NAACP Chief: Gay Rights is Like Civil Rights

NAACP Chief: Gay Rights is Like Civil Rights

Published October 13, 2009

African Americans, who are among the most outspoken critics of gay rights, should have a deep understanding of the struggle that homosexual and lesbian people face, the chairman of the NAACP said Sunday.

"Black people of all people should not oppose equality, and that is what marriage is all about," said Julian Bond, who has headed the nation’s largest and oldest civil rights group for more than a decade. "We have a lot of real and serious problems in this country, and same-sex marriage is not one of them. Good things don't come to those who wait, but they come to those who agitate."

Bond was speaking to the thousands of gay-rights supporters who marched from the White House to the Capitol Sunday, demanding that President Obama keep the pledges he made to end the military policy of “don’t-ask-don’t-tell” – which ignores one’s homosexuality as long as it is kept in the closet – and overall discrimination against gay people.

In fact, many of those who descended upon the nation’s capital this past weekend were there to express their impatience with what they say has been the Obama administration’s failure to make good on those promises. Critics argue that the president has been vague on plans to address discrimination, completely ignoring any timetable for eradicating the current gays-in-the-military policy.

Speaking a day before the march at the annual black-tie dinner of the Human Rights Campaign, the largest gay-rights group in the United States, Obama said it is not fair to expect gay Americans to be “patient” in their quest for equality. “I appreciate that many of you don't believe progress has come fast enough,” Obama said, “but it’s not for me to tell you to be patient, any more than it was for others to council patience to African Americans petitioning for equal rights half a century ago.”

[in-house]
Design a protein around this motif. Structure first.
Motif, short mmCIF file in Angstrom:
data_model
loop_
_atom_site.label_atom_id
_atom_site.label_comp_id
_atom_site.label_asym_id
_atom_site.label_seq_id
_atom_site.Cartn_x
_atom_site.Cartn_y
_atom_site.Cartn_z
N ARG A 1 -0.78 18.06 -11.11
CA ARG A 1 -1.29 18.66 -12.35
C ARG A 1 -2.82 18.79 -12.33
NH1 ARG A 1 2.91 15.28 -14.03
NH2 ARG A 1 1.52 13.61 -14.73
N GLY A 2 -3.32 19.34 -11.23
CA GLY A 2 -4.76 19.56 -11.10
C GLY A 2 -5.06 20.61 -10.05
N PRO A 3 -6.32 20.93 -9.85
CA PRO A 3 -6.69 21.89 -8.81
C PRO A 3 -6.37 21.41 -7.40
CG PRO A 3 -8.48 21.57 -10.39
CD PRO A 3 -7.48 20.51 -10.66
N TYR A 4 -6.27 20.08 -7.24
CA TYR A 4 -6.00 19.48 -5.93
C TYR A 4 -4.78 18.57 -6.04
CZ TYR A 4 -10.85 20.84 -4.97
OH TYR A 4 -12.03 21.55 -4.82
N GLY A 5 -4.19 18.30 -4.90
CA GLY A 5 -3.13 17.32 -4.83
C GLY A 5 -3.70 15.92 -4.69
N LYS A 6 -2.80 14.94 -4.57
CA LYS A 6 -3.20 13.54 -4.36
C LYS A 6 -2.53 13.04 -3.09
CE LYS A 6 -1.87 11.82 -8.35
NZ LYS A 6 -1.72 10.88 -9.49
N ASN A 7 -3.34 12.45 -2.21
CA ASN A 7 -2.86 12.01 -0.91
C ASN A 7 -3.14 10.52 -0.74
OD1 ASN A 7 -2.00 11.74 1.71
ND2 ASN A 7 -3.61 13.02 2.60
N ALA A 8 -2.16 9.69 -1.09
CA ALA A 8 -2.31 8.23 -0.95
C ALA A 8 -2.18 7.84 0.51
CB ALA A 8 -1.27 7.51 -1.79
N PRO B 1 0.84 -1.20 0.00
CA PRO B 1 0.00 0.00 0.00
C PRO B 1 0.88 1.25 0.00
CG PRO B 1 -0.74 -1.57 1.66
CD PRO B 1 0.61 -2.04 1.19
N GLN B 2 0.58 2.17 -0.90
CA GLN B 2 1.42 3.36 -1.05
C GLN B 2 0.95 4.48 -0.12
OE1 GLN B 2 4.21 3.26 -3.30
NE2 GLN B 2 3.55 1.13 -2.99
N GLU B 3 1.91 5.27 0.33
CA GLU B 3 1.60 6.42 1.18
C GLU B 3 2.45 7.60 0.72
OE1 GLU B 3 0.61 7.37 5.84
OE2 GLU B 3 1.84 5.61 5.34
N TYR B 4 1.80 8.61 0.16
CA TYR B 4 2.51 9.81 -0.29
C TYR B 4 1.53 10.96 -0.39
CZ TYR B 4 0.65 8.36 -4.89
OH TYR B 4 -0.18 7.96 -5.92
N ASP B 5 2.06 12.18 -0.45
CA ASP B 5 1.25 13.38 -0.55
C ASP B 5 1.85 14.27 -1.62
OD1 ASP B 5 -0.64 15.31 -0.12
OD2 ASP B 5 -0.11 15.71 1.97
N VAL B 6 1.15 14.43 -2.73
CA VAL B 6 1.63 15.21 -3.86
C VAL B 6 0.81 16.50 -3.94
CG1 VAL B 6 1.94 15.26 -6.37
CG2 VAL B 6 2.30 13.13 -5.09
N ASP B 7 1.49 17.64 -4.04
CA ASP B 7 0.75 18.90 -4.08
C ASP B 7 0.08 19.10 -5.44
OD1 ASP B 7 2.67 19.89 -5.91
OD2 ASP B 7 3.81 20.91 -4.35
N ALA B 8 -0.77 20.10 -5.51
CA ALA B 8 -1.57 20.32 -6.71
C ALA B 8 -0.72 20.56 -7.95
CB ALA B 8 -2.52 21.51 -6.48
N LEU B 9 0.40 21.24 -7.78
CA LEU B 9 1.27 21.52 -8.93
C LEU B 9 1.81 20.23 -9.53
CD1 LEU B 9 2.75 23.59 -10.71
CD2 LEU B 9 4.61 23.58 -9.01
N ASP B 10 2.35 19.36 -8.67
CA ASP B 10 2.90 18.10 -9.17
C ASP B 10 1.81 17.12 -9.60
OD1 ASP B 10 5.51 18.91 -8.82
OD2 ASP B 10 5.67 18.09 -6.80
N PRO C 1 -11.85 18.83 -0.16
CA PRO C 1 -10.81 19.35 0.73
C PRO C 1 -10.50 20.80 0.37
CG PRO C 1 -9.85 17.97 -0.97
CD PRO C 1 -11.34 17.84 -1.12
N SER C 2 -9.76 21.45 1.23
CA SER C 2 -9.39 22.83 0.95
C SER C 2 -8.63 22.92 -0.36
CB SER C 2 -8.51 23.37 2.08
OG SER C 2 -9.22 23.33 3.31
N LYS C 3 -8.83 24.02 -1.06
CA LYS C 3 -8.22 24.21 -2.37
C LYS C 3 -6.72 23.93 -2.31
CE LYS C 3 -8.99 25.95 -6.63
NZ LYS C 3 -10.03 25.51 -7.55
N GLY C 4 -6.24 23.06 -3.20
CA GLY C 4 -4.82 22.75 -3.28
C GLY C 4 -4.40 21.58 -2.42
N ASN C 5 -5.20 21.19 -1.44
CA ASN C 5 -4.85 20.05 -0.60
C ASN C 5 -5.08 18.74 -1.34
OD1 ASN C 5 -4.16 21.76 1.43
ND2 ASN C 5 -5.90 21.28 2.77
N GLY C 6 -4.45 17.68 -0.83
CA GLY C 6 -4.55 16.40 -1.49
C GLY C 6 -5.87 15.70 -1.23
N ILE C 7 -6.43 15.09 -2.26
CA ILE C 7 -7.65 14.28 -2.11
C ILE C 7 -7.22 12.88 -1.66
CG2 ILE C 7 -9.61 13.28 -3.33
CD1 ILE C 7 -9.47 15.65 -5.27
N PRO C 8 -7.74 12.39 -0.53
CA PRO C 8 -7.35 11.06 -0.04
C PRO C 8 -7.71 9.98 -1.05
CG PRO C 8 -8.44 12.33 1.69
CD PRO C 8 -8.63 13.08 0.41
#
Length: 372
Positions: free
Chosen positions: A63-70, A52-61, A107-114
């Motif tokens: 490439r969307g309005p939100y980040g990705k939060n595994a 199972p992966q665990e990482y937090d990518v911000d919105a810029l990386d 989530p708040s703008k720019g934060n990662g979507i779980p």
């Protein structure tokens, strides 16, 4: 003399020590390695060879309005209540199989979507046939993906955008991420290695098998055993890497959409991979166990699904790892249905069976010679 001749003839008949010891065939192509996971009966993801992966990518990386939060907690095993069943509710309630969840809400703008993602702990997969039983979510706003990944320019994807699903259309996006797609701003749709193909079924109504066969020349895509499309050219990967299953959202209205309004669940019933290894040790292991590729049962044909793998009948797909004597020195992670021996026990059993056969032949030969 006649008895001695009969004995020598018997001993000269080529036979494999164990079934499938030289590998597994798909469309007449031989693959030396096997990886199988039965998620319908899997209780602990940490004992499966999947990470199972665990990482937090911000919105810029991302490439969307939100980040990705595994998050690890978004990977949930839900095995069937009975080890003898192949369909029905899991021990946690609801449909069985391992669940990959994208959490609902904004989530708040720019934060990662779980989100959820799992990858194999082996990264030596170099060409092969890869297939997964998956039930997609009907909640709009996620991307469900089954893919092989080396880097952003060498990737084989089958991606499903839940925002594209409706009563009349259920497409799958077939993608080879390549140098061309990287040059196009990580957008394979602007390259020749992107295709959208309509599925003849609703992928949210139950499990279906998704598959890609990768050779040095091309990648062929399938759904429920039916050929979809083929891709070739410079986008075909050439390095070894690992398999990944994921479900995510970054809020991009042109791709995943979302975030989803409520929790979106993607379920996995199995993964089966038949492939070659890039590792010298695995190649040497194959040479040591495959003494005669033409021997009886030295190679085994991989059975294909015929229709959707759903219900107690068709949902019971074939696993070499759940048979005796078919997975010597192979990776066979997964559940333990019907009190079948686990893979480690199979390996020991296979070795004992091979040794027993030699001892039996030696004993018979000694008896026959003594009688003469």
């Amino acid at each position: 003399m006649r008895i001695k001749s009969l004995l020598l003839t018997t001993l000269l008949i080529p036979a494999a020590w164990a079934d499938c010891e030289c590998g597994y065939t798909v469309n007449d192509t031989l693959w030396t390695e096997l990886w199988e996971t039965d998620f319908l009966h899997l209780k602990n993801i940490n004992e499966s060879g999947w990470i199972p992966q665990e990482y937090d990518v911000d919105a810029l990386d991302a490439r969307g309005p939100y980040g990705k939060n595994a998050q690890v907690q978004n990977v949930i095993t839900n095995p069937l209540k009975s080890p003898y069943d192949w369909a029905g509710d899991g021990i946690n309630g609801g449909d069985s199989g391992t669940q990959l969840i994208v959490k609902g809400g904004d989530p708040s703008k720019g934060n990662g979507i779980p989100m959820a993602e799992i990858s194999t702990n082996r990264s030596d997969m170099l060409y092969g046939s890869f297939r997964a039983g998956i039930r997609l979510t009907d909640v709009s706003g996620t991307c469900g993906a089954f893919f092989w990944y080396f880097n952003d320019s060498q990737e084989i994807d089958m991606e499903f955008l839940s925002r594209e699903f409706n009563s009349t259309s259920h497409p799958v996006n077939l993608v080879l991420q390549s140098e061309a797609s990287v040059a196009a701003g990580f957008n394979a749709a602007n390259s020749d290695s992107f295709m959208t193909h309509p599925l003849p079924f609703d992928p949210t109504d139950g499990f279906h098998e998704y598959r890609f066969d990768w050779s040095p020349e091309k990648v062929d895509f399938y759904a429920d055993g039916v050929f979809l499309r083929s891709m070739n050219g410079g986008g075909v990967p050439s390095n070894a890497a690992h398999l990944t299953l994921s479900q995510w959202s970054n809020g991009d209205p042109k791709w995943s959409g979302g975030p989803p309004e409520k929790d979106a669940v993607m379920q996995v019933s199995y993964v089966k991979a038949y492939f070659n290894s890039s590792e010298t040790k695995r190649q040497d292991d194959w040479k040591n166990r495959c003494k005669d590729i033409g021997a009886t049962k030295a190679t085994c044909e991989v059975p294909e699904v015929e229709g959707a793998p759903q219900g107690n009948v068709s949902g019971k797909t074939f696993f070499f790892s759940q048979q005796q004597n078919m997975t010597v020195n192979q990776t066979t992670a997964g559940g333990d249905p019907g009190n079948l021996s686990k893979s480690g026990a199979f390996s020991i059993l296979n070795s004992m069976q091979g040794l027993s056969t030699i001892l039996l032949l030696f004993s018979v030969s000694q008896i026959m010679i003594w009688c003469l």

But, Obama added, “we have made progress, and we will make more. My commitment to you is unwavering,” even as America grapples with such gargantuan problems as the faltering economy and the threat of terrorism.  “Do not doubt the direction we are heading and the destination we seek,” he continued. “We should not be punishing patriotic Americans who have stepped forward to serve this country. We should be celebrating their willingness to show such courage and selflessness on behalf of their fellow citizens, especially when we are fighting two wars. …I will end don’t ask, don’t tell. …”


Written by Stafff


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